Thibodeau when called by the plaintiffs testified that when the sedan cut out of line it was from fifty to seventy-five feet from the bus and that the collision occurred "like a flash." The only other evidence as to the distance between the vehicles at the time was from Mrs. Hood who testified that the sedan turned out when about three automobile lengths from the bus. Disregarding Thibodeau's characterization it is plain that the interval of time for action by him was at most a matter of a few seconds. Confronted with an emergency not of his own creation and not reasonably to have been anticipated, he instinctively put on his brakes and stopped his bus. See Hathaway v. Checker Taxi Co. 321 Mass. 406 , 408-409. We think that a jury would not be warranted in finding that in the circumstances he failed to exercise the care of the reasonably prudent man. The cases are distinguishable in their facts from the following cases relied on by the plaintiffs which held that the evidence of opportunity to avoid a threatened collision was sufficient to warrant its submission to a jury. Nash v. Heald, 306 Mass. 518 . Fitzgerald v. Packard, 317 Mass. 431 . Mazzaferro v. Dupuis, 321 Mass. 718 . Hubbard v. Conti, 321 Mass. 743 . Hartson v. Winship, 326 Mass. 380 . Lilien v. Bibby, ante, 148. In the instant cases the bus driver could do nothing to avert a collision but stop his
bus. It cannot reasonably be contended that he might have swung his long heavy vehicle off the road into the recessed area in front of the retaining wall in time to avoid the oncoming car.
There was evidence, not hereinbefore mentioned, from the plaintiff passengers in the bus that the driver had been talking with a girl on one of the right front seats and somewhat behind him. The evidence was not sufficient to warrant a conclusion that his operation of the bus was thereby affected or that it delayed his apprehension of the approaching car.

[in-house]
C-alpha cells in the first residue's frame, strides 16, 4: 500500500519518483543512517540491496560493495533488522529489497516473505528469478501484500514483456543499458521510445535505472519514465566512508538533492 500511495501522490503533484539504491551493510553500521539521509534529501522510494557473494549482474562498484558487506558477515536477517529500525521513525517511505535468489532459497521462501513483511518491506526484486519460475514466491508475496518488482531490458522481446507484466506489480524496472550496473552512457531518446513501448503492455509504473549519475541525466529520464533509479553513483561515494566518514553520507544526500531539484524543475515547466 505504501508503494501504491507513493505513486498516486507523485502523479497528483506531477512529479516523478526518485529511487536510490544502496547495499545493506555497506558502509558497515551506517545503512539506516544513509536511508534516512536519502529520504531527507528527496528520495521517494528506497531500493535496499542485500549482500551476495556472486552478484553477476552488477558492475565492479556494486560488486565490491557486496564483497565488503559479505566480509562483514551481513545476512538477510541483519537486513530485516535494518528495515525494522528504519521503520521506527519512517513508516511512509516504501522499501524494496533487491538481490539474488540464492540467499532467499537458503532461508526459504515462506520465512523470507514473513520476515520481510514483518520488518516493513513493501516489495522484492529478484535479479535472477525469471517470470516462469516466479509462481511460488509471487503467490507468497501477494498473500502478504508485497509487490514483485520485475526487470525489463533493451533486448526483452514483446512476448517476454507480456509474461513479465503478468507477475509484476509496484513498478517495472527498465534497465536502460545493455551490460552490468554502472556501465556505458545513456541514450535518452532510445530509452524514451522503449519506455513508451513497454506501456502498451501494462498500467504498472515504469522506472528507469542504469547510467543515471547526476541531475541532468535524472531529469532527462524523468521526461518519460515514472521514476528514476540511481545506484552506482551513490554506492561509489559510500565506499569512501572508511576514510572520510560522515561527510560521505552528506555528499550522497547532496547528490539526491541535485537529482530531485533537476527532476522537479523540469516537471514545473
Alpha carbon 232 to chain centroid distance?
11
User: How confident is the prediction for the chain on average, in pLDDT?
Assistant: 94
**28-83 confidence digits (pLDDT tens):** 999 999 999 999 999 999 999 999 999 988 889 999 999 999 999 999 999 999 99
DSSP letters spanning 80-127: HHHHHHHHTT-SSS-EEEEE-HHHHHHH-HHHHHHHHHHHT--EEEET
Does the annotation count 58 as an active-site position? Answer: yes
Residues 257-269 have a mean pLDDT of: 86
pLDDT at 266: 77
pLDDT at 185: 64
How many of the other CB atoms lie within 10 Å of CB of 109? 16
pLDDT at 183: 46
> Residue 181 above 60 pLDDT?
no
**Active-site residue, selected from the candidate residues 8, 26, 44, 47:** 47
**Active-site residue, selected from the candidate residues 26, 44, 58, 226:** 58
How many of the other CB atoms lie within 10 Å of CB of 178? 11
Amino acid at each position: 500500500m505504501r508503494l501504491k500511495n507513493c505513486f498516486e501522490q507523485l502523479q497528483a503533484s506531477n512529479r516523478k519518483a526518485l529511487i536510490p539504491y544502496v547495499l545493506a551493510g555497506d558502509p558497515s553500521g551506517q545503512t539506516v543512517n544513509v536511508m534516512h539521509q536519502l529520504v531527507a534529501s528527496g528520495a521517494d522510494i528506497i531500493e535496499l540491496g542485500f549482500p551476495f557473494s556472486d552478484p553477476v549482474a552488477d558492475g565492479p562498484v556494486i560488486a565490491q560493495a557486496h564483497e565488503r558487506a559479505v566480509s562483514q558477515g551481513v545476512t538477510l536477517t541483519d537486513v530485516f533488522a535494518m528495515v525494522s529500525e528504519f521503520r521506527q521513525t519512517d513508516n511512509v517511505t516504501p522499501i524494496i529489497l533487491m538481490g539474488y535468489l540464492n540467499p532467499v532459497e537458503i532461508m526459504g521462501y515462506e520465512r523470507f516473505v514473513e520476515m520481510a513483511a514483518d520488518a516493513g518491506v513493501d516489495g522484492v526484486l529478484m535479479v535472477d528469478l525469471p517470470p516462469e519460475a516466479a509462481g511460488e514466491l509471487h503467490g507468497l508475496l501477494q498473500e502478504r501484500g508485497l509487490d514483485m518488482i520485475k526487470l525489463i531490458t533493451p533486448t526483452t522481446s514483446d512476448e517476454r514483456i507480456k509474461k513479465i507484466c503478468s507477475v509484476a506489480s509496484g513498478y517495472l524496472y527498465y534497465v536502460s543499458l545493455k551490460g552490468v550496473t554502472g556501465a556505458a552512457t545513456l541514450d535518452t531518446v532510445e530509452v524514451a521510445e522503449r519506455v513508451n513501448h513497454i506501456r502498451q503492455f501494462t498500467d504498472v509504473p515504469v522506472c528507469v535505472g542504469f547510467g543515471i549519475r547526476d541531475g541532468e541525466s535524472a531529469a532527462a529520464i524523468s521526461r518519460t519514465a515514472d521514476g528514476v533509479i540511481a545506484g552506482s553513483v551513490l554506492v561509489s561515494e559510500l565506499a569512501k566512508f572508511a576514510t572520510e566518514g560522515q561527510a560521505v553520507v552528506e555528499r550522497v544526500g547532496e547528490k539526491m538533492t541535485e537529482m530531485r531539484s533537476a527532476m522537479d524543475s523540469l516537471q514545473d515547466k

There was no error in directing the verdicts for the defendants.
Thibodeau when called as a witness by the plaintiffs was asked on direct examination: "[H]ad you desired to for whatever the reason may have been, you could have moved your vehicle by steering it more to the right of the road than what it was on when you first saw the Charron car, couldn't you?" The question was excluded and the plaintiffs excepted. If there was error it was cured by the next questions and answers. Q. "Now there was room to your right on the highway proper for you to have moved your automobile or your bus to the right had you desired to?" A. "No sir." Q. "[Y]ou say that because you were way over on your right as far as you could get?" A. "Yes sir." He was further asked, "There is a rule, is there not, that relates to the matter of whether you as a bus driver may or may not carry on a conversation while driving, with a passenger?" He answered, "Yes sir." He was then asked, "And it is the fact, is it not, that you violated that rule that night on your run from Woonsocket to the scene of the accident?" On objection by the defendants, the question was excluded and the plaintiffs excepted. There was no error. The rule, assuming it to be one of the witness's employer, was not offered or brought to the attention of the judge and the inquiry was not directed to Thibodeau's conduct at or immediately preceding the accident.
[Note 1] The companion cases are Olive S. Keenan, administratrix, vs. New England Transportation Co., Inc., Isabelle Choquette & another vs. New England Transportation Co., Inc., and Mattie Mae Hood vs. New England Transportation Co., Inc. & another.